Flatten It Out

by D.S.

Flattened Circle of Fifths - Sharps

Flattened Circle of Fifths - Sharps

From the beginning, using the circle of fifths chart was always difficult. In my mind, it was tough to picture it, manipulate it, learn from it- so I flattened it out.

**Note: I wrote this using the major scale only, but you can write in the minors if you like.

It looks like this:

Sharps (#)

C    D    E    F#
  G    A    B    C#

Explanation: The top line starts at C, always, then goes one whole step up. You mark the sharps based on where that note lands on the piano (either on a white or black key). The bottom line starts at five notes up (including C), then goes one whole step up as well. Mark the sharps on the bottom line the same way as the top.

Flats (b)

C    Bb    Ab    Gb
   F    Eb    Db    Cb

Explanation: Start at C, go one whole step down, marking the flats based again on the piano. The bottom line starts at five notes down (including C), then goes one whole step down each time from there. Mark the flats on the bottom line the same way as the top.

For conversation purposes, I separated both scales into two lines, but you can integrate the rows just as easily with no problems.

As for numbering sharps and flats, it works the same way as in the circle: first note has no sharps/ flats, last note has seven. Then, using those numbers, figure out what is marked using FCGDAEB for sharps, and BEADGCF for flats.

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Feb 20, 2020
I totally agree with flattening it out
by: Anonymous

I've always just used FCGDAEB. It shows the order the sharps are added, and backwards it shows the order the flats are added. If you start at C and go to the right and then loop around to the beginning (adding a # to the name of the key after you loop around) it shows how many sharps a key has (C(0)G(1)D(2)A(3)E(4)B(5)F#(6)C#(7)). Starting at C and going left (and looping around, adding a flat to the name of the key) it shows the number of flats a key has (C(0) F(1) Bb(2) Eb(3) etc.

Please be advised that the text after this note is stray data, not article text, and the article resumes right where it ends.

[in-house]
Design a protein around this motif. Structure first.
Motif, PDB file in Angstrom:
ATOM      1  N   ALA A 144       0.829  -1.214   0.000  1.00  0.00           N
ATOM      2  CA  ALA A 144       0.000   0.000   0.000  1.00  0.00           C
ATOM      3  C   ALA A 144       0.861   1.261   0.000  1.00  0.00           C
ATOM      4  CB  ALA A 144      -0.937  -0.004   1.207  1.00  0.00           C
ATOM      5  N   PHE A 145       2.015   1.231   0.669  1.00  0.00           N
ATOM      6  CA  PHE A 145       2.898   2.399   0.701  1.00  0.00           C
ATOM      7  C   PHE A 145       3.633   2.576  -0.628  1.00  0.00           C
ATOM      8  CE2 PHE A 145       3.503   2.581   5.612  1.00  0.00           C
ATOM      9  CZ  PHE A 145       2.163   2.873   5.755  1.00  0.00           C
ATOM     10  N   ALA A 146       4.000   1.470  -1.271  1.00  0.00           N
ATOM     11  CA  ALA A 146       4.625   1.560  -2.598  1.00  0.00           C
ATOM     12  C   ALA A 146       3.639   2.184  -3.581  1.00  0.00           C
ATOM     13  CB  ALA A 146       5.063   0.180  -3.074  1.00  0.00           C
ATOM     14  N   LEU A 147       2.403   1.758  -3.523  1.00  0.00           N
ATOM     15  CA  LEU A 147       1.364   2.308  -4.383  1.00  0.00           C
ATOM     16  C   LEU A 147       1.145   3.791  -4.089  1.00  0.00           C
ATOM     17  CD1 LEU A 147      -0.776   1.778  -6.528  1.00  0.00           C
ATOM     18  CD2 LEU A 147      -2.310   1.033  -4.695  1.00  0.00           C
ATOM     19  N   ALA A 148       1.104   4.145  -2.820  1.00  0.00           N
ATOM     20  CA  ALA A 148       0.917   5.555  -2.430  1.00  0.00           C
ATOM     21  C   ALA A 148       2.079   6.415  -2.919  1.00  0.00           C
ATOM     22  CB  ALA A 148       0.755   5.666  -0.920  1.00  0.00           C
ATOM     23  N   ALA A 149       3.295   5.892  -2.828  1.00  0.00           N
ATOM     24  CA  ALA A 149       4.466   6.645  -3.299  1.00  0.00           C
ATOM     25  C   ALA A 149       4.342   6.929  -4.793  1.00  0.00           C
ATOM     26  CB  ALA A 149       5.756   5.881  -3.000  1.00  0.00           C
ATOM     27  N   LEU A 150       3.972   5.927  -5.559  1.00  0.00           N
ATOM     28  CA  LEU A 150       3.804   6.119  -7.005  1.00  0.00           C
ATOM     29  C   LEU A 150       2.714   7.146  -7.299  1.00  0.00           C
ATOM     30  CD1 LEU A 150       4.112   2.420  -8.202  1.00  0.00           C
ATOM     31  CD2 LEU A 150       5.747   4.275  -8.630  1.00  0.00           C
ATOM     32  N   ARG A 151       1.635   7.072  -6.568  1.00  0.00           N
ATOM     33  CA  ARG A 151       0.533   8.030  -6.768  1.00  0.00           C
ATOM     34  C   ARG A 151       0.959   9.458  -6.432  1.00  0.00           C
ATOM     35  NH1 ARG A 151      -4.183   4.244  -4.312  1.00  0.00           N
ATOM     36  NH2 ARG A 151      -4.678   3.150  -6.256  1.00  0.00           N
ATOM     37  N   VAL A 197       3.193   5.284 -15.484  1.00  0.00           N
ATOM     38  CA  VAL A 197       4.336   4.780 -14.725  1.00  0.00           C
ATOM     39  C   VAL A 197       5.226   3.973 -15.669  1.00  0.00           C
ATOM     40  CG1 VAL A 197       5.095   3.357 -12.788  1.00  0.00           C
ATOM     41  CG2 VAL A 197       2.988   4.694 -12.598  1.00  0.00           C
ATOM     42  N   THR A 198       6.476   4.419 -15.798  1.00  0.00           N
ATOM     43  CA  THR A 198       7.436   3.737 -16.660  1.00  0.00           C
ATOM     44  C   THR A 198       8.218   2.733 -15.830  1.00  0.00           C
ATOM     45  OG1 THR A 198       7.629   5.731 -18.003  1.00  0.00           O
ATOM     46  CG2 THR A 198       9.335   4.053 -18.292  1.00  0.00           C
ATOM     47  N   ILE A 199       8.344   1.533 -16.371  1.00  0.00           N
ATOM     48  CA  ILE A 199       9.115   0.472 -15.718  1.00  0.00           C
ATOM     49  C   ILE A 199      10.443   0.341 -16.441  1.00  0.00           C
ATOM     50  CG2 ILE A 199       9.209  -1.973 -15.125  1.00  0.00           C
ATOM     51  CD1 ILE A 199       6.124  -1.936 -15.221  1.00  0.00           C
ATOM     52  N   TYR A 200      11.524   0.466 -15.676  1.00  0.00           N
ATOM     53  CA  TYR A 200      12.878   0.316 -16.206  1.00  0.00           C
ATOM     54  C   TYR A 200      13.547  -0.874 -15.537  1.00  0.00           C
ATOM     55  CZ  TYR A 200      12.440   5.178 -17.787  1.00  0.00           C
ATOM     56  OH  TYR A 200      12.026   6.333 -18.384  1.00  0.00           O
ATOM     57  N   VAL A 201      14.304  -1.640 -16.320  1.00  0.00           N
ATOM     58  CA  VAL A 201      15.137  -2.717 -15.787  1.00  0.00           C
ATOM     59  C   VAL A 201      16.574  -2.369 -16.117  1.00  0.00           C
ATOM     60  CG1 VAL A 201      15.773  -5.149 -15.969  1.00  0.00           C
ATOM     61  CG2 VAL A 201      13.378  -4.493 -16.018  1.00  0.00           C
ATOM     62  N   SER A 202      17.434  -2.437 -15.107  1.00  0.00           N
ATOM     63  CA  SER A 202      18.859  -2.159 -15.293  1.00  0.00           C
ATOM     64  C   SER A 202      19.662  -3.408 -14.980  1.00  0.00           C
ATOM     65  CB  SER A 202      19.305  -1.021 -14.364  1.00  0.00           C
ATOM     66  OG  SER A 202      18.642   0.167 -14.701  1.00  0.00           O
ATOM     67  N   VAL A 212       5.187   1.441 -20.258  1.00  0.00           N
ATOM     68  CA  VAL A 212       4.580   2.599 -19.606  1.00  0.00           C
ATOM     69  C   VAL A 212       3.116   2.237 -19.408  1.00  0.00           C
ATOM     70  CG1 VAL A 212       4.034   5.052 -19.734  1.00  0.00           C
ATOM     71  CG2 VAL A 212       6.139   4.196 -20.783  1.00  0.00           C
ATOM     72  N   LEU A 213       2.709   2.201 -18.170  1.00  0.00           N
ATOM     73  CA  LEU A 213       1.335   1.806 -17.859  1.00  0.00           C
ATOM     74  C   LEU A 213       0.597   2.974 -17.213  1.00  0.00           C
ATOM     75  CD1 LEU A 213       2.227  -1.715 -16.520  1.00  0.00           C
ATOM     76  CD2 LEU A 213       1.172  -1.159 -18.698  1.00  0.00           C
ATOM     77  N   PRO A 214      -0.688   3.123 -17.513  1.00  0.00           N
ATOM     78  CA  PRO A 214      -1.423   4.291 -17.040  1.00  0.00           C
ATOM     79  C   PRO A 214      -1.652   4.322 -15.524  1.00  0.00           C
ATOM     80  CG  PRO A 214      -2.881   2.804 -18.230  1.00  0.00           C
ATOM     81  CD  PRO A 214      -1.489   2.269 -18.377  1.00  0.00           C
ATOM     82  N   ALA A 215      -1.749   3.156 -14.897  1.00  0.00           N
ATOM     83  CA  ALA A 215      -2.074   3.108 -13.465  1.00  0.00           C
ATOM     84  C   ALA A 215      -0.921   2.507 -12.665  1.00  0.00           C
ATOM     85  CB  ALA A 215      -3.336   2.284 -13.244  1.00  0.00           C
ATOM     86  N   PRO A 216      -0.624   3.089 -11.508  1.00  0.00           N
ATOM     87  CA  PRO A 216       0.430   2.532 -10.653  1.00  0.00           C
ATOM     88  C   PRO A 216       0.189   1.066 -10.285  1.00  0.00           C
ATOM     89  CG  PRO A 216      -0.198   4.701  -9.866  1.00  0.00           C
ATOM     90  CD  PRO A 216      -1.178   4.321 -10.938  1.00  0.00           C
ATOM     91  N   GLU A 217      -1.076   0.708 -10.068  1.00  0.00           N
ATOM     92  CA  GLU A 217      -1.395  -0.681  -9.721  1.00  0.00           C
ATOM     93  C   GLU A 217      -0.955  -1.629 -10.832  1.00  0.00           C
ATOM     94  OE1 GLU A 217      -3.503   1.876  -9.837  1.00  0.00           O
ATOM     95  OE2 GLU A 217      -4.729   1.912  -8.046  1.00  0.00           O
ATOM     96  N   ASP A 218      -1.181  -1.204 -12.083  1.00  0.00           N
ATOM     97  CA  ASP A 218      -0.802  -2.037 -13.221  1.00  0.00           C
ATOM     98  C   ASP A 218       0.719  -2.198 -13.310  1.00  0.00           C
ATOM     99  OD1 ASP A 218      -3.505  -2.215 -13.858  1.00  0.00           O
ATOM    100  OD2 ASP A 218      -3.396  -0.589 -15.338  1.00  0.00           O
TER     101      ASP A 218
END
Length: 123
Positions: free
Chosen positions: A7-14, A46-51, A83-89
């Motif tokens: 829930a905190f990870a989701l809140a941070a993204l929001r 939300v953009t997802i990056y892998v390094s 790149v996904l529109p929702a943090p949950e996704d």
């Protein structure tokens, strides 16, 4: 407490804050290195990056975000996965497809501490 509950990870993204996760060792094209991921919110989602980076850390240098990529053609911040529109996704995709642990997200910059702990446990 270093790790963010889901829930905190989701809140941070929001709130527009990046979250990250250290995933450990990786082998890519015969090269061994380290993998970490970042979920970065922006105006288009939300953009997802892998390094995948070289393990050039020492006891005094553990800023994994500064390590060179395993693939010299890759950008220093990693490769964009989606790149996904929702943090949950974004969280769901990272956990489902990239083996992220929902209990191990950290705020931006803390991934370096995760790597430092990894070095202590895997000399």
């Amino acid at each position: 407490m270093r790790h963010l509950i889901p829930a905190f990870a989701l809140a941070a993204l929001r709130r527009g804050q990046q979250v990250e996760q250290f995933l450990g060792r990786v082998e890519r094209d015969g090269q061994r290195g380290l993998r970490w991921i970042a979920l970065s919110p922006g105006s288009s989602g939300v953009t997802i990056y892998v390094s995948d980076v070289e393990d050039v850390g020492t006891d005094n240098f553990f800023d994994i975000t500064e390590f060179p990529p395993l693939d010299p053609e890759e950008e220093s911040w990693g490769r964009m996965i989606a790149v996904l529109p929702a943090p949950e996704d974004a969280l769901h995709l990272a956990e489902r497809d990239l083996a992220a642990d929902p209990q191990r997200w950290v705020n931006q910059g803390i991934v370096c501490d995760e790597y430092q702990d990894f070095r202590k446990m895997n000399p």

It sounds complicated when I write it in paragraph form, but the point being, yes. Simplifying the circle to a simple acronym and then teaching how to manipulate the acronym is an awesome way to do it and I appreciate seeing the way you do it. Thanks!

Jan 20, 2016
grammar errors
by: Anonymous

you should spell check your site,or employ someone to check grammar errors there are a couple mistakes I've noticed: under How to read the circle how many sharps (of) flats, should be sharps(or)flats
and (because of (THE) what it does to the key signature), should be because of what it does, these grammar errors makes your site seem less credible

Jan 20, 2015
This is Good
by: Anonymous

Thanks, I am taking this to heart. I feel the same about the Circle, that it is obviously organized and sensible, but very difficult to both manipulate and access. When I learned how to do it on the keyboard, I felt a major leap forward, yet still couldn't really relate it to other music. I guess it's one of those "simple" bits of knowledge that is always giving new reasons for being, always giving ways to grow.

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Hope this helps! Practice hard and let me know if you have any questions!

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